#SassyBooks Book Club: The Miseducation of Cameron Post

Happy boxing day!  I am currently sitting with my feet up at my boyfriends parents house in Cumbia, listening to the rainfall outside and watching Jurrasic Park while thinking about what to stuff my face with next.  This is how Boxing Day should be right?  
It’s been a while since  have posted a Sassy Book Club review, in fact the eagle-eyed amongst you might have even noticed that there was no November Reads post last month either.  That is because November’s chosen Sassy Books read was a bit of a beast, I started it at the end of October and only finished it this week!  It was the only book I read for the whole of November.  Luckily the organisers were having a similar issue and they didn’t get it finished either.  In fact I don’t think they even chose a December Sassy Books as everyone was so busy catching up, so I don’t feel like a total failure.  This month’s book was The Miseducation of Cameron Post, here’s the official blurb:

When Cameron Post’s parents die suddenly in a car crash, her shocking first thought is relief. Relief they’ll never know that, hours earlier, she had been kissing a girl.

But that relief doesn’t last, and Cam is soon forced to move in with her conservative aunt Ruth and her well-intentioned but hopelessly old-fashioned grandmother. She knows that from this point on, her life will forever be different. Survival in Miles City, Montana, means blending in and leaving well enough alone (as her grandmother might say), and Cam becomes an expert at both.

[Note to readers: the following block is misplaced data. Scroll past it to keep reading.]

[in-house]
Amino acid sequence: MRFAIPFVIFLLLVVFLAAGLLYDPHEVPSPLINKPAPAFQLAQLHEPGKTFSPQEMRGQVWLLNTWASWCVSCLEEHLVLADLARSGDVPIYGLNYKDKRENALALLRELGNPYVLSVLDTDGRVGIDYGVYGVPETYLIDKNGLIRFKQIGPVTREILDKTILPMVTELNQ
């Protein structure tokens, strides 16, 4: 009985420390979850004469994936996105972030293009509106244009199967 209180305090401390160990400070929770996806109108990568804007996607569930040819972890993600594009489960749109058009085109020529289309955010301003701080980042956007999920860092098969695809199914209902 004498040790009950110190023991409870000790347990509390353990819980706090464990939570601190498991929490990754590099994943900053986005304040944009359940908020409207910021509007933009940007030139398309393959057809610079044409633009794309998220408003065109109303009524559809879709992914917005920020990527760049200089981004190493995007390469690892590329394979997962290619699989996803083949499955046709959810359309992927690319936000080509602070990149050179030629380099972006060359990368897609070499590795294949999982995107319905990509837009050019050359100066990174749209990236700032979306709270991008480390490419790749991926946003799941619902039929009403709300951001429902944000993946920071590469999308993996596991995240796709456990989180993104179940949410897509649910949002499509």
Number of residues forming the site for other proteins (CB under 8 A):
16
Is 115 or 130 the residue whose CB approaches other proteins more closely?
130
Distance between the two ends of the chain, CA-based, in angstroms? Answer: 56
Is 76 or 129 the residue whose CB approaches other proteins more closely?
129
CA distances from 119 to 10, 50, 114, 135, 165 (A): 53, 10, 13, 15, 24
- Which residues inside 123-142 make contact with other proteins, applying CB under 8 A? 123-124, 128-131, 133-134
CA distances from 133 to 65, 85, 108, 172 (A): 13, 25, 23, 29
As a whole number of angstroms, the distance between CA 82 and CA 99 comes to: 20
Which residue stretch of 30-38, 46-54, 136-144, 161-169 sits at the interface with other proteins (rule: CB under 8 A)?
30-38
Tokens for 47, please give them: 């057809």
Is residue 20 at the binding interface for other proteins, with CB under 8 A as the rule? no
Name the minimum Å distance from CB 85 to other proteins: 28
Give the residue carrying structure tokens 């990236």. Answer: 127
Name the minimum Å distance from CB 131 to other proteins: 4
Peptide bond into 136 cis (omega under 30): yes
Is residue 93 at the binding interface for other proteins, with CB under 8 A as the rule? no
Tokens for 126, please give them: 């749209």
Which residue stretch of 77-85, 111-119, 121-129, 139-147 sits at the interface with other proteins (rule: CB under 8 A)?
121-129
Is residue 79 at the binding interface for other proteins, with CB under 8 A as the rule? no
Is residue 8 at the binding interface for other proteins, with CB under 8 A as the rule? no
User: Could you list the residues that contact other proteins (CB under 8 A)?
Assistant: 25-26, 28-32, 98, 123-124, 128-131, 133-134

Then Coley Taylor moves to town. Beautiful, pickup-driving Coley is a perfect cowgirl with the perfect boyfriend to match. She and Cam forge an unexpected and intense friendship — one that seems to leave room for something more to emerge. But just as that starts to seem like a real possibility, ultrareligious Aunt Ruth takes drastic action to ‘fix’ her niece, bringing Cam face-to-face with the cost of denying her true self — even if she’s not exactly sure who that is.

I have mixed feelings about this book, at is a slow burner all the way through and he descriptions can seem a bit OTT at times, and yet I don’t think I’d change it.  It is definitely part of the writing style and it fits it well, but if  just concentrated on the actual storyline, the book would be half as long easily.  It’s a nice, slow read and I didn’t find the subject as shocking I expected to.  The relationships all seemed realistic and the character journeys all seemed very real.  

This book is set for the most part in the 90s, and it reads almost like it has an Instagram filter over it.  It’s in the past but only just, a world we can relate to, but also look back and see what’s change.  This method of reflection is a great tool used by the reader  to see how far we’ve come.  Have we changed enough in our attitudes towards LGBT life?  Video tapes and films in general are also an important theme, creating an important coping mechanism for many of Camerons feelings and desires. 

Overall I enjoyed this book, but it is a slow burner.  It’s one to take your time over, certainly not a book to be rushed.  I think it’s a book that could do with a re-read, however I won’t be rushing t return to it.

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